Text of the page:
Fringe The paradox of this series is maintaining the mythology and the intent without relieving any of the tension. When the cross-over elements first came into play, the question was how do you personify two sides of the Id. While seemingly problematic in terms of placing the ideas, the writing team has found a very interesting way to deaden the senses and move the story with an ability that is quite riveting. They space the worlds with different cases which reflects different parts of Olivia Dunham’s personality whether in the alternate world or ours. Granted the implementation of memories is slightly far fetched but in an alternate universe certain liberties can be taken. Truly what this creation does is take the focus off Peter in terms of importance and make Olivia a surrogate for change in a mythic sort of way. “Fringe” always displayed a tinge of “Lost” in its possibilities and is the closest thing on TV to it right now. By creating ghosts per se and the perception of a world lost, the bigger themes are starting to come into play organically which makes for especially mind-bending television. Following the structure can be difficult for those not interwoven in its ideas but the functionality of the ideas starting this third season continue to show the progression of a series on the edge.

NCIS: Los Angeles The ideas of trust maintained figure specifically into the idealization of this series. With the compromise of Erik Christian Olsen’s character Deeks, the needs and composition of the team needed to change while creating new tension. While O’Donnell and LL Cool J need to operate their character constructions on an overall track to provide consistency, the other supporting characters can seem to move with a lot more freedom now in terms of comedic intentions and love stories. The burgeoning push-and-pull between Deeks and Daniela Ruah’s Kensi provide effective comic relief while understanding the stakes being created. Consecutively Barrett Foa’s Eric Beale, always relegated the office, volleys with Renee Smith’s Nell who gives compliments and off-handed flirts as quick as she can hack a mainframe. These crisscrossing textures are what keeps the series moving at a clip with Linda Hunt as “Hetty”, the leader behind the operation, racheting everyone to their toes at every single point. It is this character-based vaulting within the stand-alone narratives that provides the series with bite.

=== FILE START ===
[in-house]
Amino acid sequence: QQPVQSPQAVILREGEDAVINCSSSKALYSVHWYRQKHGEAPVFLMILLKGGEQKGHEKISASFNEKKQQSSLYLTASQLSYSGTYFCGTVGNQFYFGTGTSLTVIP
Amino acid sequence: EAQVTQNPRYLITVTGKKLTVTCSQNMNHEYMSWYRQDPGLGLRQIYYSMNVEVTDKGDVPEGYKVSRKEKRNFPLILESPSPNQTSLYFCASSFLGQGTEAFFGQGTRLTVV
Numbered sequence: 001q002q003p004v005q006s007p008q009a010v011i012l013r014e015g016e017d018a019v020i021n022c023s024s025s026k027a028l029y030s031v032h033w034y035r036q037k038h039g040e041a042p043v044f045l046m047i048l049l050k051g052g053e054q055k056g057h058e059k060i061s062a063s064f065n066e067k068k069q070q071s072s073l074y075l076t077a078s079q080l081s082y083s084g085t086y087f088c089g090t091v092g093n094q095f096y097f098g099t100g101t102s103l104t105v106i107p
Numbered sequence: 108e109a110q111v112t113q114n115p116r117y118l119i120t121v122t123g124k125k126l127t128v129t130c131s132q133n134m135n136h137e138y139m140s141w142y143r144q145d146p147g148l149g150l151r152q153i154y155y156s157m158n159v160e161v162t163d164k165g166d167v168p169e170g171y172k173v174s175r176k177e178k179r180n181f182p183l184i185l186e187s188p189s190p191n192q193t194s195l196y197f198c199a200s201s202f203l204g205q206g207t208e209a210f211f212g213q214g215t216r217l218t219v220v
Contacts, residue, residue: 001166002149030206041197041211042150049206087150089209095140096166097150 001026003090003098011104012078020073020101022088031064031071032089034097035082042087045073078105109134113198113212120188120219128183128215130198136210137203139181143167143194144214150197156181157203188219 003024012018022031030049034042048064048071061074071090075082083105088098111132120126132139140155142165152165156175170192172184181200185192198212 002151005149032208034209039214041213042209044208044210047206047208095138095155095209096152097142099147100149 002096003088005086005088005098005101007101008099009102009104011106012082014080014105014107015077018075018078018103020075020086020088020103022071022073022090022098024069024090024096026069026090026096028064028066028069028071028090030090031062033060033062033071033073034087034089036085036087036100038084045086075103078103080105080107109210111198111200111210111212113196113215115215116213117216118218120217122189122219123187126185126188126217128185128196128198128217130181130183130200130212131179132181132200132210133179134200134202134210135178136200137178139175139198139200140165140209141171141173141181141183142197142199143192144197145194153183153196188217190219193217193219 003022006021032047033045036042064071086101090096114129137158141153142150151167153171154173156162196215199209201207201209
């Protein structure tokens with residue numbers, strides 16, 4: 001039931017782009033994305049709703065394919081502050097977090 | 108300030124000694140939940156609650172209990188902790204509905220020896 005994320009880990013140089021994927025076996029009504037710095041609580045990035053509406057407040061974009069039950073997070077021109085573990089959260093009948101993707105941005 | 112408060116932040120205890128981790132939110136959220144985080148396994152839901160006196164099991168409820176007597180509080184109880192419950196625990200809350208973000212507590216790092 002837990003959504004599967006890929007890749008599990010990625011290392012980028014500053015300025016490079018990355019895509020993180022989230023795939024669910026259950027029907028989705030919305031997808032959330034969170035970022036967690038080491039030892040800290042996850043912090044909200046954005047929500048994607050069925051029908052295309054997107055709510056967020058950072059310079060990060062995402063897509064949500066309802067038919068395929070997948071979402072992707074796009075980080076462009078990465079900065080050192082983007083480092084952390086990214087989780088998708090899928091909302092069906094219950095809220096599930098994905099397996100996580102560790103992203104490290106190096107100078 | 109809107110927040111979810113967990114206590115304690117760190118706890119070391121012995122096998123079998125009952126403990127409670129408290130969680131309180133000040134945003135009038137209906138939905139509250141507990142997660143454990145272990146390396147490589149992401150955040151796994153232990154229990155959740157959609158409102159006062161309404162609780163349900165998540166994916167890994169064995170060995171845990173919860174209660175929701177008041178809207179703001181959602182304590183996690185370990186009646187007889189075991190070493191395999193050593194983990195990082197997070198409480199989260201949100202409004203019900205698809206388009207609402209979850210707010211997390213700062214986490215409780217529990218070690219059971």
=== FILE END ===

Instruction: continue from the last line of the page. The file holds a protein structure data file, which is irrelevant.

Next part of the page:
First Look: TANGLED – Disney

Walt Disney Films just provided IR with this new still from TANGLED (aka RAPUNZEL), a new animated 2D film due to be released in Late November 2010, starring the voices of Mandy Moore (“License To Wed”) and Zachary Levi (“Chuck”).

Assimilating Tactics: Returning Television Shows – Spring 2010 – Review – Part I

The returning aspect of genre shows a couple series trying to find that strain to be able to keep their impact pertinent while still having enough stories to tell. “Burn Notice” still has that edge to it but with Michael being in Miami almost three years and running out of excuses, the idea looms. With Chuck, it is similar but has the small miracle of reinvention with a new challenge. “Fringe” has the most still moving because it allowed the most mysteries yet to be solved. While not “Lost”-sized, it does give enough, although Walter is starting to be normal. Still good writing across the board on all three show a wonderful quality.